Weekly Daf #84
Shavuos 21-27 -- Issue #84
18-24 Elul 5755 / 13-19 September 1995
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The Oath and the "Man"If a man takes a false oath as a result of a lack of awareness the Torah requires him to bring a sin-offering as an atonement. The Torah's stress on the word man, says the Talmud, is to indicate that this responsibility applies only to when he was entirely a man at the time of the oath, completely aware of the circumstances.
The following case is cited as an example of where no sacrifice is required because the one who took the oath did so in circumstances beyond his control.
Rabbi Kahana and Rabbi Assi were both disciples of the Sage Rav. When they left Rav's presence they had a dispute as to what he had taught them. Each one of them took an oath that Rav had taught what he claimed to have heard from him. When they returned to Rav he informed them which one was right. His disappointed colleague turned to Rav and asked: "Does this mean that I was guilty of taking a false oath?"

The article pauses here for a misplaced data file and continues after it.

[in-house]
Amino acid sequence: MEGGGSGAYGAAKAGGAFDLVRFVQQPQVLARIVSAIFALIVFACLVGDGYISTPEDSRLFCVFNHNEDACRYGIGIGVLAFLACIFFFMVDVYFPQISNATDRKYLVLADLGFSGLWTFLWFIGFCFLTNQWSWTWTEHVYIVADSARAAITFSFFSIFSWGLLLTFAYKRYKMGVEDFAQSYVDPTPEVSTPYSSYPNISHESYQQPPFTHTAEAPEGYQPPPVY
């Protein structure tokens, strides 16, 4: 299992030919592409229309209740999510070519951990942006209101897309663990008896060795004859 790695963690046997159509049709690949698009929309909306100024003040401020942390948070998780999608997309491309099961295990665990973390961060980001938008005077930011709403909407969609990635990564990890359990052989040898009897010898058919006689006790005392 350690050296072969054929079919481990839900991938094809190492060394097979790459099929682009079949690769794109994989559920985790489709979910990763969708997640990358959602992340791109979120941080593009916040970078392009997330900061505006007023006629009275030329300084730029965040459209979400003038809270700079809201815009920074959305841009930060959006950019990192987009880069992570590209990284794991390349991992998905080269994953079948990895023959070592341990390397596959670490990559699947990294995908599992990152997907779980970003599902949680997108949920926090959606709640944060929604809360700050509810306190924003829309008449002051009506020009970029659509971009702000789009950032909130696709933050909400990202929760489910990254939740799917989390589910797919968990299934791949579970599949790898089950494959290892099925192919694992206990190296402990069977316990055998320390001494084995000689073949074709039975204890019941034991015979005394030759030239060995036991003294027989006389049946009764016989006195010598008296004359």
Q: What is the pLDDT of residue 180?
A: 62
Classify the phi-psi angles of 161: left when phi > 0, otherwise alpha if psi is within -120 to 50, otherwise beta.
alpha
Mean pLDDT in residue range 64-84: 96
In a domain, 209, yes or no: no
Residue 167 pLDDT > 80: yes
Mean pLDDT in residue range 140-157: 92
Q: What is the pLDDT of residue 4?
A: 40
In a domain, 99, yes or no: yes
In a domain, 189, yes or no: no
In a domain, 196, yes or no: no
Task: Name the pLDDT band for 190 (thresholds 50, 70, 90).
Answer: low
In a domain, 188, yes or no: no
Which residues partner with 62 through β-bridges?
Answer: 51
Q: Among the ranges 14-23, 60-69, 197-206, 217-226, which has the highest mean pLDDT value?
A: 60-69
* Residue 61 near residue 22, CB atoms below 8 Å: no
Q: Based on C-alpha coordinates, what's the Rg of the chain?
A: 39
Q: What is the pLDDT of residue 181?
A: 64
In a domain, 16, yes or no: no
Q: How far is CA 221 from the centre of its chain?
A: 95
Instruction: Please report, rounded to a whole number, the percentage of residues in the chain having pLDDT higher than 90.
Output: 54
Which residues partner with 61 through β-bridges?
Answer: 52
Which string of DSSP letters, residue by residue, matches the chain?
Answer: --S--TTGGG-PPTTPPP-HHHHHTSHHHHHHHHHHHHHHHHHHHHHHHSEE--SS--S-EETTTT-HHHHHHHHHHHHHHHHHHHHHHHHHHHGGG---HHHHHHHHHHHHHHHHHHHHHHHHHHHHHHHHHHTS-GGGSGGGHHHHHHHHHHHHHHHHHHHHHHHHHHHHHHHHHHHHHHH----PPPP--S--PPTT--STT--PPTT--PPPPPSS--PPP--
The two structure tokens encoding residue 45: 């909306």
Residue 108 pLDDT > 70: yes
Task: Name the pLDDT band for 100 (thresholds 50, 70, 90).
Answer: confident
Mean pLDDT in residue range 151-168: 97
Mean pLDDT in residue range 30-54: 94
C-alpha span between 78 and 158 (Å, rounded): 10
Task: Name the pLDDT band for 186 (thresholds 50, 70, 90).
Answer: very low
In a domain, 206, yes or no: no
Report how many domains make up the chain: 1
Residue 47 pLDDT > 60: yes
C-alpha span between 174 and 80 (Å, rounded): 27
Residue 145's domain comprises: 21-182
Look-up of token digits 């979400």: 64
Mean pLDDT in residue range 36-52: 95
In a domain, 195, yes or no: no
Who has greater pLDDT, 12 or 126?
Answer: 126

"No," Rav reassured him, "for your memory deceived you into believing that I had made the statement you reported. You were therefore not considered the man who is responsible for seeking atonement for a false oath taken because of a lack of awareness."
In similar fashion, if one takes an oath that he ate something because that is what his memory told him and it turns out that he did not eat it he will not have to bring a sacrifice. But if he says, "I know I did not eat it and that it is forbidden to take an oath that I ate it but I am not aware of whether there is an obligation to bring a sacrifice for such a violation" - this is a case when he is considered a man who sinned with full knowledge of the circumstances but as a result of a lack of awareness of the gravity of the sin, and such an oath-taker must bring a sin-offering as an atonement.
When Words Count as Action"You shall not take the Name of Hashem your G-d in vain,"
reads the Third commandment,
"for Hashem will not absolve one who takes His Name in vain."
The stress on Hashem not absolving one who takes a false oath leads Rabbi Shimon bar Yochai to deduce that only the Heavenly Court offers no absolution, while the human court does offer him absolution through the atonement of lashes. This leads to the conclusion that taking a false oath is punishable by lashes, an exception to the general rule that lashes are never given when there is no action beyond mere speech.
General Editor: Rabbi Moshe Newman
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